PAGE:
Portfolio Reviews at Photography Live Dubai 2017

At the year’s Photography Live Dubai 4th-6th May Martin will be holding a series of Portfolio Reviews during the show. So, if you’re wanting an appraisal of your images from one of the very best in the world, here’s your chance. Whether it’s an opinion on your chances in competitions, awards or even qualifications, Martin Grahame-Dunn has helped literally thousands of photographers all over the world realise their potential. Martin first brought portfolio reviews to the UAE with HIPA and many photographers have enjoyed great success following his advice. Now you can book your one to one session with him at Photography Live Dubai. But remember, there are only 24 slots available over the three show days!

There is nothing better than a one to one portfolio review to discuss your work and your passion!

A 20 minute session costs only 200Dhs and is incredible value. To book your one to one session with Martin email him at: mgrahamedunn@mac.com

Professional fees – what are we really worth?

There have been so many changes in our industry since the halcyon days of the 80’s and 90’s. I well remember a day rate as a commercial & advertising photographer commanding £5000. How things have changed and clearly, from our perspective, not for the better! But as consulate professionals we do have a worth. Indeed we should be commanding respectable fees for our work. All to often I hear and see discussions with tales of woe describing just how much our fees have dwindled to across the board.

Weddings are a prime example. Fees in the thousands used to be commonplace but we are told that due to the advent of the smartphone that we simply cannot command such figures. But there are some that still do. Perhaps its a case of understanding your true value and holding your nerve. Much easier if you have a unique presence and style of course.

In portraiture I well remember fees in excess of £1,000.00 for a portrait sale. Wall portraiture was at a premium. Photographers simply wouldn’t sell loose prints, and as for giving away one’s captures (negatives now digital files) it was unheard of. Almost a capital offence linked to either giving away part of one’s soul or copyright. In either case a bad move that today has become commonplace.

To put things in some perspective and show that not every profession has  similarly suffered, a solicitor, and not a principal I might add, commands a fee of around £2,640.00 per day or an hourly rate of £330 Inc VAT. So perhaps it’s time to up our game and recognise our worth as an industry. I for one will be reviewing my fee structure for Mentoring, training and legal representation & conciliation services. Not everything in life, or our industry, should be for free.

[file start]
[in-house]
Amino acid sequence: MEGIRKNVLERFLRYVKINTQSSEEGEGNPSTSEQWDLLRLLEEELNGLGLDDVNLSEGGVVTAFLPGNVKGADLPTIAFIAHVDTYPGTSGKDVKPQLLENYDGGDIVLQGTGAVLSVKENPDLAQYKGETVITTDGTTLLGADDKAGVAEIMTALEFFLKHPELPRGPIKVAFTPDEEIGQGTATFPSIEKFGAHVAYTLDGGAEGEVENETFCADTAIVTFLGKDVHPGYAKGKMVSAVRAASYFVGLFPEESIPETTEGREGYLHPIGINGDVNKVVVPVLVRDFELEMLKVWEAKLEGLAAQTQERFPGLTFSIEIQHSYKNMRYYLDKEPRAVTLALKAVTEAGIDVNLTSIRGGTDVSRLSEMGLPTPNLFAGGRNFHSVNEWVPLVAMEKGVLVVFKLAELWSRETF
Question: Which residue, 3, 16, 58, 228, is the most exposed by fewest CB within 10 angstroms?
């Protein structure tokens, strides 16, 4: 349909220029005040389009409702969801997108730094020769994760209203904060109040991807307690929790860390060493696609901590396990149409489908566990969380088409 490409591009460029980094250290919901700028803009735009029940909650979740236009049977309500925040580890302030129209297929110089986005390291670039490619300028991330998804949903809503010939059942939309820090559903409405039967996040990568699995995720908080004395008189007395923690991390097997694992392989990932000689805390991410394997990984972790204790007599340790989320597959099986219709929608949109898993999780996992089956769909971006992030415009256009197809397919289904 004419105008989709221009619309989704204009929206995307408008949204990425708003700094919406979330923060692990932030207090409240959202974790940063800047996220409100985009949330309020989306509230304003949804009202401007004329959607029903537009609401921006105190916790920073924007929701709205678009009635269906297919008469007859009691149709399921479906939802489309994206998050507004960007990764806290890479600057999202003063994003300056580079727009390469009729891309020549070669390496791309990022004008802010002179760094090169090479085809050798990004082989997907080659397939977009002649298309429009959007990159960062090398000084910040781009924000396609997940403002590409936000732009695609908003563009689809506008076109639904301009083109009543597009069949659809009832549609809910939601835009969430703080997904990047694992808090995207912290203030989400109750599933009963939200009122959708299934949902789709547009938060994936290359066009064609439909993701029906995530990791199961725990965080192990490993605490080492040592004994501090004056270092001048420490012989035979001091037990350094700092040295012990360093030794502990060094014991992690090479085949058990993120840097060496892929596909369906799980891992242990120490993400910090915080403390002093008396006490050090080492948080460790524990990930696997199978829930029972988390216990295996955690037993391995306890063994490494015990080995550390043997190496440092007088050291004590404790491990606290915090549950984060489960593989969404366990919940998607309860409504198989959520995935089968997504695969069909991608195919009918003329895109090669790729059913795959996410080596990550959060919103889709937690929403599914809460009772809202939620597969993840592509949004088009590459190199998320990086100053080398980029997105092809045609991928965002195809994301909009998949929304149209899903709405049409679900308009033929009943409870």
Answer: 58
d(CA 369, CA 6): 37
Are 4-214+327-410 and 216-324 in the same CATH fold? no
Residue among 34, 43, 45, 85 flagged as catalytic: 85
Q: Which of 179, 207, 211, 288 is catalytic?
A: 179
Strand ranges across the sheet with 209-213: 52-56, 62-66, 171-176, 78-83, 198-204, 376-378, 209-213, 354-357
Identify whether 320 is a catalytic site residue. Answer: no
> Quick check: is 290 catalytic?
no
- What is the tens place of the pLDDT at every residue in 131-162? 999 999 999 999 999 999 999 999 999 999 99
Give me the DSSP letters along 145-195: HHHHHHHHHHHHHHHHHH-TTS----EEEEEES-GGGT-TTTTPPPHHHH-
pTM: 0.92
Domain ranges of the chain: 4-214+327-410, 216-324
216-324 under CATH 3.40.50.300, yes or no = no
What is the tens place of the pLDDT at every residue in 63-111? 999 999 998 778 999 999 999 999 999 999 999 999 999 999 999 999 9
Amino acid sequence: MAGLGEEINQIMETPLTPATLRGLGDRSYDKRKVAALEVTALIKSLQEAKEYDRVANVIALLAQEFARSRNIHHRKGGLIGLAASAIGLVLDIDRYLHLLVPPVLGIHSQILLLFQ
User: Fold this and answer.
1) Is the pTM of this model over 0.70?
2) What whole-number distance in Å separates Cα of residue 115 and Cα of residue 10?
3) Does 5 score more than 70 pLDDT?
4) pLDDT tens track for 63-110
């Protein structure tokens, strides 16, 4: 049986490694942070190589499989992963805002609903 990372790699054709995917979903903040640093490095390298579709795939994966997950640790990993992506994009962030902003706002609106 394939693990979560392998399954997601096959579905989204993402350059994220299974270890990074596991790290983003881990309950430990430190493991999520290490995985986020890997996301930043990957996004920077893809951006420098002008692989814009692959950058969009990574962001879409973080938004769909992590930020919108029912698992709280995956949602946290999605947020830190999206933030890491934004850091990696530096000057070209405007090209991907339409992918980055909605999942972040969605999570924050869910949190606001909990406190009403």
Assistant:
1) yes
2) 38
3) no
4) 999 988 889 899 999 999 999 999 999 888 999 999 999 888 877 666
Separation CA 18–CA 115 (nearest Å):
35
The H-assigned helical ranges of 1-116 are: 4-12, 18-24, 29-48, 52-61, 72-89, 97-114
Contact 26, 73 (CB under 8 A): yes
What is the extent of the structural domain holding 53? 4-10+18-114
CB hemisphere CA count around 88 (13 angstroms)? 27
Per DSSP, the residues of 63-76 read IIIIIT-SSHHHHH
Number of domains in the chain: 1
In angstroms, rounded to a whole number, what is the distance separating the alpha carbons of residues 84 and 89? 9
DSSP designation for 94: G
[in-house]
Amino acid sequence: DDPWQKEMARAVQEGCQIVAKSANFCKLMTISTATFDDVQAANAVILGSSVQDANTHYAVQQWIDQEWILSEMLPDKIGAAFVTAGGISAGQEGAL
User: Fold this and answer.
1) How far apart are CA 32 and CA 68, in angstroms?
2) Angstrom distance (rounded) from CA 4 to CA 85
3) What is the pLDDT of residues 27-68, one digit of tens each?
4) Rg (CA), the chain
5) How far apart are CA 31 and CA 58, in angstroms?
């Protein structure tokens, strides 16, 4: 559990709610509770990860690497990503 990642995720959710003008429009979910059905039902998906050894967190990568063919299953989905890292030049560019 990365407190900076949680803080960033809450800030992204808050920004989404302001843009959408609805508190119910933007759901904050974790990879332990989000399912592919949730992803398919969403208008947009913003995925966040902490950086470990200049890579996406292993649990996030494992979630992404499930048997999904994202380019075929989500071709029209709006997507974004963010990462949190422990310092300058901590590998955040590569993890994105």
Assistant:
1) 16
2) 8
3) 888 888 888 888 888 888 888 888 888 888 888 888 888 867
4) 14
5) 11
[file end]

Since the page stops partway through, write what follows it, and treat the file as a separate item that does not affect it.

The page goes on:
The Photography of Fatma Fahmy – Egypt

First a quote from this young lady rationalising her photography and the motivation behind it.

“Photography is another world to me. It allows me to live different lives of different people. It allows me to stop moments in time by capturing them to show the world the beauty that possessed my heart and soul and make it last forever. I wish I could affect people’s lives with this magnificent art.”

Fatma Fahmy – Cairo, Egypt

For this post I have decided to review a number of images submitted to me last month. The collection are well crafted and composed showing a variety of content that adds credence to her statement. They are a combination of what in the west we would call ‘Street Photography’ and more controlled, observational portraiture.

"Eye Contact" by Fatma Fahmy

“Eye Contact” by Fatma Fahmy

This image entitled “Eye Contact” does exactly what it says. It directly engages with the viewer with a delightfully captured expression that shows the happiness of a child no mater what his domestic environment, social background, living conditions or wealth. Simplicity is golden here and one cannot fail to empathise with this little boy. If one of the tools of a photographer is to create images that contain a story, then the story of this child’s life is is to be written by the viewer based upon its content. In truth, the off centre composition is not particularly necessary and does not add power or dynamics. The subject could have been centrally placed for that matter as the viewer finds it virtually impossible to stray their gaze from those eyes that express a simple, joy of life.

"Fisherman's Net" by Fatma Fahmy

“Fisherman’s Net” by Fatma Fahmy

As a contrast, quite a lot of work has gone into this image, photographically with good control of depth of field, compositionally by careful subject placement and in post processing where the problems lie. My best advice to Fatma is ‘less is more’ and although this is a good composition, a clear storyline, convincingly engaged subject, the processing has left a few artefacts and issues that could easily be resolved. When such processing issues are visible they can detract from the all important content contained in the image, the subject themselves and the narrative.

Martin Grahame-Dunn 2016